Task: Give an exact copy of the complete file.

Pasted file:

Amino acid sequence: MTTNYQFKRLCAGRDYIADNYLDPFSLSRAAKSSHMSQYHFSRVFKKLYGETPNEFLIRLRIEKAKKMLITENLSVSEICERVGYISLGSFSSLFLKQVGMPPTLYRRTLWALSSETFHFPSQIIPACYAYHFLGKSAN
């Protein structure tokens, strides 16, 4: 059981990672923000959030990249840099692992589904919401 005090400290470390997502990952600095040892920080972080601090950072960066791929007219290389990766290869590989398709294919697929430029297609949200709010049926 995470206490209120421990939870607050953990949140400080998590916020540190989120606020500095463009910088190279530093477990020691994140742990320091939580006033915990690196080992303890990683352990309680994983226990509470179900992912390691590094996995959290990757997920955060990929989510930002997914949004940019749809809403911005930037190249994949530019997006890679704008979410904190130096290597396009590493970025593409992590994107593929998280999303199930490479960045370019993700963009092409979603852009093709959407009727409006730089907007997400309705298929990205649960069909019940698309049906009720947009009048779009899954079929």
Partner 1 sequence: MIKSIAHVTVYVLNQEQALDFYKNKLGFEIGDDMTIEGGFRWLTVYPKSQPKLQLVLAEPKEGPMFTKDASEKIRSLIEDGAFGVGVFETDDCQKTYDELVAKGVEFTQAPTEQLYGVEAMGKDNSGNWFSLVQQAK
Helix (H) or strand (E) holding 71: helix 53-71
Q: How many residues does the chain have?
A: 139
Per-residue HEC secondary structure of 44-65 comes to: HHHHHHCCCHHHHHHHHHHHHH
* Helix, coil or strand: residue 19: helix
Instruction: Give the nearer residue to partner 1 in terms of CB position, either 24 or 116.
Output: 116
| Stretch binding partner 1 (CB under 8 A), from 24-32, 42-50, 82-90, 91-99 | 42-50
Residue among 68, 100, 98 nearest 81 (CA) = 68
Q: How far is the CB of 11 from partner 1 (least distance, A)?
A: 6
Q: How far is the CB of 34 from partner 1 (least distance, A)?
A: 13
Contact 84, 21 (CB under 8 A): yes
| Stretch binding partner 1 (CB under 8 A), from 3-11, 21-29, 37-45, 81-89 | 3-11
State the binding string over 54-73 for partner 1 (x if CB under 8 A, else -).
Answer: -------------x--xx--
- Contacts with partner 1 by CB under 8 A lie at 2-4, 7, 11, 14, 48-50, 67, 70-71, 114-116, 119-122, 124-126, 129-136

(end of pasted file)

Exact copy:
Amino acid sequence: MTTNYQFKRLCAGRDYIADNYLDPFSLSRAAKSSHMSQYHFSRVFKKLYGETPNEFLIRLRIEKAKKMLITENLSVSEICERVGYISLGSFSSLFLKQVGMPPTLYRRTLWALSSETFHFPSQIIPACYAYHFLGKSAN
């Protein structure tokens, strides 16, 4: 059981990672923000959030990249840099692992589904919401 005090400290470390997502990952600095040892920080972080601090950072960066791929007219290389990766290869590989398709294919697929430029297609949200709010049926 995470206490209120421990939870607050953990949140400080998590916020540190989120606020500095463009910088190279530093477990020691994140742990320091939580006033915990690196080992303890990683352990309680994983226990509470179900992912390691590094996995959290990757997920955060990929989510930002997914949004940019749809809403911005930037190249994949530019997006890679704008979410904190130096290597396009590493970025593409992590994107593929998280999303199930490479960045370019993700963009092409979603852009093709959407009727409006730089907007997400309705298929990205649960069909019940698309049906009720947009009048779009899954079929």
Partner 1 sequence: MIKSIAHVTVYVLNQEQALDFYKNKLGFEIGDDMTIEGGFRWLTVYPKSQPKLQLVLAEPKEGPMFTKDASEKIRSLIEDGAFGVGVFETDDCQKTYDELVAKGVEFTQAPTEQLYGVEAMGKDNSGNWFSLVQQAK
Helix (H) or strand (E) holding 71: helix 53-71
Q: How many residues does the chain have?
A: 139
Per-residue HEC secondary structure of 44-65 comes to: HHHHHHCCCHHHHHHHHHHHHH
* Helix, coil or strand: residue 19: helix
Instruction: Give the nearer residue to partner 1 in terms of CB position, either 24 or 116.
Output: 116
| Stretch binding partner 1 (CB under 8 A), from 24-32, 42-50, 82-90, 91-99 | 42-50
Residue among 68, 100, 98 nearest 81 (CA) = 68
Q: How far is the CB of 11 from partner 1 (least distance, A)?
A: 6
Q: How far is the CB of 34 from partner 1 (least distance, A)?
A: 13
Contact 84, 21 (CB under 8 A): yes
| Stretch binding partner 1 (CB under 8 A), from 3-11, 21-29, 37-45, 81-89 | 3-11
State the binding string over 54-73 for partner 1 (x if CB under 8 A, else -).
Answer: -------------x--xx--
- Contacts with partner 1 by CB under 8 A lie at 2-4, 7, 11, 14, 48-50, 67, 70-71, 114-116, 119-122, 124-126, 129-136